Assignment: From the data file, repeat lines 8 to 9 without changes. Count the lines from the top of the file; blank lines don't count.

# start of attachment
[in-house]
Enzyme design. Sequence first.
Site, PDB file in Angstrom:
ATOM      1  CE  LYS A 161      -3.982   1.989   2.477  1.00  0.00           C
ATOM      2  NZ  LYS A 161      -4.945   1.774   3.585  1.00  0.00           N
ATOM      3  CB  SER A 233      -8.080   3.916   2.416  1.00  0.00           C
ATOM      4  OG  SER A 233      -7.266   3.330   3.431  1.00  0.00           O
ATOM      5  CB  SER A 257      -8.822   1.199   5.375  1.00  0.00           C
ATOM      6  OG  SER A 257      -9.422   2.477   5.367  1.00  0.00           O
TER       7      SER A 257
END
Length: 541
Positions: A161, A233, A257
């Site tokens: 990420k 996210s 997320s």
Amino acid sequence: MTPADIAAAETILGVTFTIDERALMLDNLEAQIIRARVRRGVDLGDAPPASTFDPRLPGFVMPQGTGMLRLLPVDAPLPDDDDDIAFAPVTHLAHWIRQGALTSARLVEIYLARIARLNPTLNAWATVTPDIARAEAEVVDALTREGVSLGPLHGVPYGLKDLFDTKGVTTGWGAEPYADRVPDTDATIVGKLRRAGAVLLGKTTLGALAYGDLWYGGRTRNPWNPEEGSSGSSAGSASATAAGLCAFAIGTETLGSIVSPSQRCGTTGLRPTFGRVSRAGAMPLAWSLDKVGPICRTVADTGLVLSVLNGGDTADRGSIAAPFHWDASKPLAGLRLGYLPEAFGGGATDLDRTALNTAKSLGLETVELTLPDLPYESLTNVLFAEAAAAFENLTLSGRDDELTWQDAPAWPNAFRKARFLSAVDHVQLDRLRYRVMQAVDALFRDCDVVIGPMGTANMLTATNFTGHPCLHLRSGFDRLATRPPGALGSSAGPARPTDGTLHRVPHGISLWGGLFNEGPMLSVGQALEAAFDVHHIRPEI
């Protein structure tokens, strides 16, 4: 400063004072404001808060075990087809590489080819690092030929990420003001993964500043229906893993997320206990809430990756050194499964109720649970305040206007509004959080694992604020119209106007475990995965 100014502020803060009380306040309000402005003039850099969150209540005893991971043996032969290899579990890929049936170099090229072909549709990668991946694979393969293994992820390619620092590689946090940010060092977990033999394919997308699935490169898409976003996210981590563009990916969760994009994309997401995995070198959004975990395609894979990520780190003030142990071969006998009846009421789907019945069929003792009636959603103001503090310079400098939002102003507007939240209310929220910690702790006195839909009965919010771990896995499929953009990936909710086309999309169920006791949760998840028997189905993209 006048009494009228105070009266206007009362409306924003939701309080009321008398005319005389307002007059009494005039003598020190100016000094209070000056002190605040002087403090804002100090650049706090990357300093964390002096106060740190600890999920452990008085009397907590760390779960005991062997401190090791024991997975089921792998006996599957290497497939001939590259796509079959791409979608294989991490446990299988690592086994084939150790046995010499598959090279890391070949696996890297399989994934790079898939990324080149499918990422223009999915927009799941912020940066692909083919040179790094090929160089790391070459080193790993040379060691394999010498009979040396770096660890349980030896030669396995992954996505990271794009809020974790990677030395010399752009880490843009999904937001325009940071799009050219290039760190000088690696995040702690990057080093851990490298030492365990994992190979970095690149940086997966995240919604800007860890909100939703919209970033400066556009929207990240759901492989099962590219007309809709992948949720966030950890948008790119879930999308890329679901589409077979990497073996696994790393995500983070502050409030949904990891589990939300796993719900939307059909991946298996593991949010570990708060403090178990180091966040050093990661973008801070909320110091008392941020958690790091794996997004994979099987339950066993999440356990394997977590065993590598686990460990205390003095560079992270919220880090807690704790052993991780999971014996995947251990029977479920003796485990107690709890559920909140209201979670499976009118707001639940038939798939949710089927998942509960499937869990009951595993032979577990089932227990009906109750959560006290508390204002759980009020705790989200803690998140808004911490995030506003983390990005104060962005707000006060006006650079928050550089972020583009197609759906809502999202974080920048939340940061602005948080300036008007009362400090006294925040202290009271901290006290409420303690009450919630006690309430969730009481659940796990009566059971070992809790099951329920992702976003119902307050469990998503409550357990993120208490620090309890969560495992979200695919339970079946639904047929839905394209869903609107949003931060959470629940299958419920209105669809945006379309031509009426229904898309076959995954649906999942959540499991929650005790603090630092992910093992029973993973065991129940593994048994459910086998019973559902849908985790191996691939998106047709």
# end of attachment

ATOM      5  CB  SER A 257      -8.822   1.199   5.375  1.00  0.00           C
ATOM      6  OG  SER A 257      -9.422   2.477   5.367  1.00  0.00           O